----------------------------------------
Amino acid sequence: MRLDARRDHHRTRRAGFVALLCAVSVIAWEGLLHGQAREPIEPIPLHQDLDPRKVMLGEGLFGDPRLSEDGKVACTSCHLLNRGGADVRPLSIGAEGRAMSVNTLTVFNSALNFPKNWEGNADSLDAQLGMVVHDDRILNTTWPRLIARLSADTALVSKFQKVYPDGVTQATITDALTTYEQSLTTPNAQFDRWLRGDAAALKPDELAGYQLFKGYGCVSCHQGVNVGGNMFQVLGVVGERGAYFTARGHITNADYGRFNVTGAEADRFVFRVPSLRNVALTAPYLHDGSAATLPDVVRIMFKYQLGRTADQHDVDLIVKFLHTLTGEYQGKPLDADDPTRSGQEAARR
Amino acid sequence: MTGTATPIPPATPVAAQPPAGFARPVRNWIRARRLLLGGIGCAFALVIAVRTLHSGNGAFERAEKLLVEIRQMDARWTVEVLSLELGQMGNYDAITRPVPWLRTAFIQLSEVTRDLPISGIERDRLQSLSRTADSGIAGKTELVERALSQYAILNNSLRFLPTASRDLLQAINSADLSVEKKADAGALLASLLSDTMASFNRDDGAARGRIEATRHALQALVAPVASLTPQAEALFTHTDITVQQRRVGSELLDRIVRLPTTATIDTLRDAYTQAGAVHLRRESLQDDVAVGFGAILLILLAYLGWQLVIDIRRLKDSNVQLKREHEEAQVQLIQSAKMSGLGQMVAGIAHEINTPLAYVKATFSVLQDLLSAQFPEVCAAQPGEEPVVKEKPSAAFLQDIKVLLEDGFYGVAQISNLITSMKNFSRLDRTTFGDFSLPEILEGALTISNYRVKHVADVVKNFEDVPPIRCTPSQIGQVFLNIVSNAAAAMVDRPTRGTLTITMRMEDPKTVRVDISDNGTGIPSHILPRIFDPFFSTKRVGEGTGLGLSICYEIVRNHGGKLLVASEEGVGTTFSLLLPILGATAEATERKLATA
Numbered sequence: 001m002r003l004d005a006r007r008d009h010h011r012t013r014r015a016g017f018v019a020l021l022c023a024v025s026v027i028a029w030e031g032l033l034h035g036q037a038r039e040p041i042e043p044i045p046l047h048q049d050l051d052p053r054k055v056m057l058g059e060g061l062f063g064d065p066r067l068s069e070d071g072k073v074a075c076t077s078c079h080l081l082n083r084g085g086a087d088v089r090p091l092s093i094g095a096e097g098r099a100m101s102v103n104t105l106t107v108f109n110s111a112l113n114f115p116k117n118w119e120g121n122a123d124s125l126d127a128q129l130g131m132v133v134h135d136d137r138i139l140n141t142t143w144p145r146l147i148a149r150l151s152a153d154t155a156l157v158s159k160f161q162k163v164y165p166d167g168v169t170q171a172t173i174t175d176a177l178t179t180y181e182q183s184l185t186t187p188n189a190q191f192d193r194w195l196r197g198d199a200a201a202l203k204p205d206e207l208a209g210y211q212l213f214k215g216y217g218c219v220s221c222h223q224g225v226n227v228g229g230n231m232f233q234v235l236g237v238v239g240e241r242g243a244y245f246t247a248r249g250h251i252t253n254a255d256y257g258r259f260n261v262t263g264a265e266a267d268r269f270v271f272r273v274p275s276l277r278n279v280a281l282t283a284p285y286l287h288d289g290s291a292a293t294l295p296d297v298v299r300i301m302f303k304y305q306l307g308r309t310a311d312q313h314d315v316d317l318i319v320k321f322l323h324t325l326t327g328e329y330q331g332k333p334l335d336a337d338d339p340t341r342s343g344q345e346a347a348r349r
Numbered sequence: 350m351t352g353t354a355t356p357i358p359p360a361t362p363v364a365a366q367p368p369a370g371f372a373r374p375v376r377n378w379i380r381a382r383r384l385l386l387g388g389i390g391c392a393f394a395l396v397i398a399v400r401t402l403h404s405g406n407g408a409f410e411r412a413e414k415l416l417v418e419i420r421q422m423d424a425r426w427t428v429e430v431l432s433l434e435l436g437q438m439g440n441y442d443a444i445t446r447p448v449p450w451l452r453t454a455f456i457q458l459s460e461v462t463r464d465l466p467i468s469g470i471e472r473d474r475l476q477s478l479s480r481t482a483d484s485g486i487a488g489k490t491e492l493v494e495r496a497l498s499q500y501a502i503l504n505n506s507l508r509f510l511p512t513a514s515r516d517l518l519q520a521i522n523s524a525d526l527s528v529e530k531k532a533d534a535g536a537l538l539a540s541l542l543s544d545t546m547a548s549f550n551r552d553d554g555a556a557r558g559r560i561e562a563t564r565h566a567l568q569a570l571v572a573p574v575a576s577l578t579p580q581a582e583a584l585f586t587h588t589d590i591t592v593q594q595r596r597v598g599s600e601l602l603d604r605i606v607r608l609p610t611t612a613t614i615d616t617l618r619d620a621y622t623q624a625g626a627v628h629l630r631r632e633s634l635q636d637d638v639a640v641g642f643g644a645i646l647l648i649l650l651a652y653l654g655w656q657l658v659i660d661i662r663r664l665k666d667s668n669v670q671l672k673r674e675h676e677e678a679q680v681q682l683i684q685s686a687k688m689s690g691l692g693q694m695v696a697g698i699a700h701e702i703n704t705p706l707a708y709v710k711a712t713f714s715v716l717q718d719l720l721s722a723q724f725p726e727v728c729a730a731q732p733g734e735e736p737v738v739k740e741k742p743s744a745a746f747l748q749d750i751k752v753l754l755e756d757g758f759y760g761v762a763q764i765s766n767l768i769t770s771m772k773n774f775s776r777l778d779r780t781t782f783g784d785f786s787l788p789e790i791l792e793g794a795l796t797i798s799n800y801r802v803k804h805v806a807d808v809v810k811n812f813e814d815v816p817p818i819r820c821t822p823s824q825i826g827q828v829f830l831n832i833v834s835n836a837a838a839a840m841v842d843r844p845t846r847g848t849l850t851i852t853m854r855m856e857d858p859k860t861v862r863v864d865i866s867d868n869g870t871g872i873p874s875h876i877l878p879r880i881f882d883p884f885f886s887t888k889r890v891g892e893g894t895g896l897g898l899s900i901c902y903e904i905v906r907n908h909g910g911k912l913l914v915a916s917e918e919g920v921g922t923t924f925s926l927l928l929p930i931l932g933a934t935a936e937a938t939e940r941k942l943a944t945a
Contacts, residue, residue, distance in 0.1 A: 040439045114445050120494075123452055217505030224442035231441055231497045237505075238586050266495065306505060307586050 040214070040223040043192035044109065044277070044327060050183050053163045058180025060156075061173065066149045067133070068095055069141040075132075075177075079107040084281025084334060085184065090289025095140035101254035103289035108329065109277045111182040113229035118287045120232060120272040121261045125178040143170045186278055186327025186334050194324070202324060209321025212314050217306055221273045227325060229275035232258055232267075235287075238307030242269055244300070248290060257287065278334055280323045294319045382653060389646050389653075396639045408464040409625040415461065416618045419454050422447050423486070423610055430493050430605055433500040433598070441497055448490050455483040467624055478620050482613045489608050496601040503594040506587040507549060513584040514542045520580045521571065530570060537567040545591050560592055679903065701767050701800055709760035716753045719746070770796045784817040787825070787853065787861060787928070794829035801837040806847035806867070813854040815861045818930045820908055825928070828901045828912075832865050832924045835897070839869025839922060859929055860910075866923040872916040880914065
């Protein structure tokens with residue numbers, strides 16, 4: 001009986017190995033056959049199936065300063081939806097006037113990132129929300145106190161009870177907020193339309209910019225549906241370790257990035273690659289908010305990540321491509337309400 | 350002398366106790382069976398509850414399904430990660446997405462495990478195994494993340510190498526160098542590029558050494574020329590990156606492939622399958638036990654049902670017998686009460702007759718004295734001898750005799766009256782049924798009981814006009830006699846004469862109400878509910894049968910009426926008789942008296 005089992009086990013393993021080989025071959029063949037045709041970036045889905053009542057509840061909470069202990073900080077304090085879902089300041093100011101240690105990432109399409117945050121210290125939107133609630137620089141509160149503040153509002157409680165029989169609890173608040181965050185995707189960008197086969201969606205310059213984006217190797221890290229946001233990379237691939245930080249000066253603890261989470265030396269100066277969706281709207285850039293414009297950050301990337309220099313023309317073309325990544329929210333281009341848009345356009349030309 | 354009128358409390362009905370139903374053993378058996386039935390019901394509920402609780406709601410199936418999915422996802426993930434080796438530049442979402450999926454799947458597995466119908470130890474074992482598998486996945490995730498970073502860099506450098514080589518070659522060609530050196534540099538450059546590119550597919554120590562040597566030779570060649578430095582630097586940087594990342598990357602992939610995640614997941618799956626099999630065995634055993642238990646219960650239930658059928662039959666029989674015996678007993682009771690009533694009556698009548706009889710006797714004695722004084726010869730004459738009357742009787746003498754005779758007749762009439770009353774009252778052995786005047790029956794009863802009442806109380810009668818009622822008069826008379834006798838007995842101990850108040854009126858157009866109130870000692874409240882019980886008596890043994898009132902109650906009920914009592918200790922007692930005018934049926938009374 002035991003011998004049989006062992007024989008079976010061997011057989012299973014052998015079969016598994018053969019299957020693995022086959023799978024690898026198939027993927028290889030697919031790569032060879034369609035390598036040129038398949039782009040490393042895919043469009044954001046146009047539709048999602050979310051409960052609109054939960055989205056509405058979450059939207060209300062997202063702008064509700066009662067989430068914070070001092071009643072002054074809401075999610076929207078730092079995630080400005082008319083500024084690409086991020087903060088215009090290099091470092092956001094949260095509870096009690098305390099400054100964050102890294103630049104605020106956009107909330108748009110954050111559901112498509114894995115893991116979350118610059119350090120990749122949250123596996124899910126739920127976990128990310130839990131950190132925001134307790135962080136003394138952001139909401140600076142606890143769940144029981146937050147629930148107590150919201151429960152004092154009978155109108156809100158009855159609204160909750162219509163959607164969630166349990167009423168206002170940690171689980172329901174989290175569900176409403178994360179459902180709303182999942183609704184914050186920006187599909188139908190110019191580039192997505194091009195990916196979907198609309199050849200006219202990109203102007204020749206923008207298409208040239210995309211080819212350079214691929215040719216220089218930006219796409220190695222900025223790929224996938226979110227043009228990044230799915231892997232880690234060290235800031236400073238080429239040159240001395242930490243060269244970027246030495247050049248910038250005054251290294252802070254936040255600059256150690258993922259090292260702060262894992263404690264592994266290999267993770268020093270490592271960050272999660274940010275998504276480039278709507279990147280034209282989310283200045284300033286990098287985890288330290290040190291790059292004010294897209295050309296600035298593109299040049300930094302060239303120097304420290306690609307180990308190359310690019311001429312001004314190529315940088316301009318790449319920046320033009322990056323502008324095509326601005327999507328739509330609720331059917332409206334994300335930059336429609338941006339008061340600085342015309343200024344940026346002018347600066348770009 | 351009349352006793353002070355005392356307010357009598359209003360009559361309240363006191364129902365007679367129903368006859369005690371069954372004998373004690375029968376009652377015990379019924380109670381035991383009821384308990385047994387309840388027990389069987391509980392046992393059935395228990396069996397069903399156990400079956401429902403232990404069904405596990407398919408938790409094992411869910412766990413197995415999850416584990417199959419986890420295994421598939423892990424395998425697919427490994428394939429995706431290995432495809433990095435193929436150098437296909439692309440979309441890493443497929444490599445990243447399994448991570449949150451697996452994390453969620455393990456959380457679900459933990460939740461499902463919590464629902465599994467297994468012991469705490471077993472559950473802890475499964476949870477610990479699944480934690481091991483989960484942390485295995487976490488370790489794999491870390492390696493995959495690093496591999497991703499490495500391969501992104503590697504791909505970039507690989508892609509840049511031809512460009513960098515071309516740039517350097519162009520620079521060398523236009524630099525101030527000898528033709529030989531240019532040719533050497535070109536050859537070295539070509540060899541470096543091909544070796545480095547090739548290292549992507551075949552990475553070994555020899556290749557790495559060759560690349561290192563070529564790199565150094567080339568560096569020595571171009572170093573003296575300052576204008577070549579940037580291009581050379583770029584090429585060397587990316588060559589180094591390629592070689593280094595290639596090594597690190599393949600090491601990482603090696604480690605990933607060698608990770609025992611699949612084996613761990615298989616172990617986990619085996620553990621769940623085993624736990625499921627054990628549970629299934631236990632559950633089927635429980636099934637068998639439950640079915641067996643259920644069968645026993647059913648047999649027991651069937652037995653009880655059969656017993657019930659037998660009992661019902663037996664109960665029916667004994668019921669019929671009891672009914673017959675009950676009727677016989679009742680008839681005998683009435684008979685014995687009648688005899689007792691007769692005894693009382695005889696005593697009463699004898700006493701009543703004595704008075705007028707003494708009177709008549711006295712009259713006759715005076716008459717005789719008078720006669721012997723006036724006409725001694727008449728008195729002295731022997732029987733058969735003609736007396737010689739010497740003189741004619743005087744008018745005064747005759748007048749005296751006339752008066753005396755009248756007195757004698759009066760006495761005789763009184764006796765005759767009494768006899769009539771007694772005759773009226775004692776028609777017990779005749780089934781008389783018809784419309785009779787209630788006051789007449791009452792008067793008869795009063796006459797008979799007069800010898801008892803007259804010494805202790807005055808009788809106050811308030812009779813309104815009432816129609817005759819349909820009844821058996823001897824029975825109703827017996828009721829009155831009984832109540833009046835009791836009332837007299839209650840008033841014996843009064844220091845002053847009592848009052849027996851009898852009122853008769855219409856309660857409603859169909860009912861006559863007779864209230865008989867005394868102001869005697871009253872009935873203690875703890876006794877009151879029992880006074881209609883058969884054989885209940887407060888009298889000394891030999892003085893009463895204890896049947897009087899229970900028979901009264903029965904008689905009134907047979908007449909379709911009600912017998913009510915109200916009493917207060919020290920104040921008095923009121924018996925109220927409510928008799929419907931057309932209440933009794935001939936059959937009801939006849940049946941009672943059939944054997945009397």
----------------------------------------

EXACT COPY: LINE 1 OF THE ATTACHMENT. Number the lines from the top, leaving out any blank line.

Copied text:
Amino acid sequence: MRLDARRDHHRTRRAGFVALLCAVSVIAWEGLLHGQAREPIEPIPLHQDLDPRKVMLGEGLFGDPRLSEDGKVACTSCHLLNRGGADVRPLSIGAEGRAMSVNTLTVFNSALNFPKNWEGNADSLDAQLGMVVHDDRILNTTWPRLIARLSADTALVSKFQKVYPDGVTQATITDALTTYEQSLTTPNAQFDRWLRGDAAALKPDELAGYQLFKGYGCVSCHQGVNVGGNMFQVLGVVGERGAYFTARGHITNADYGRFNVTGAEADRFVFRVPSLRNVALTAPYLHDGSAATLPDVVRIMFKYQLGRTADQHDVDLIVKFLHTLTGEYQGKPLDADDPTRSGQEAARR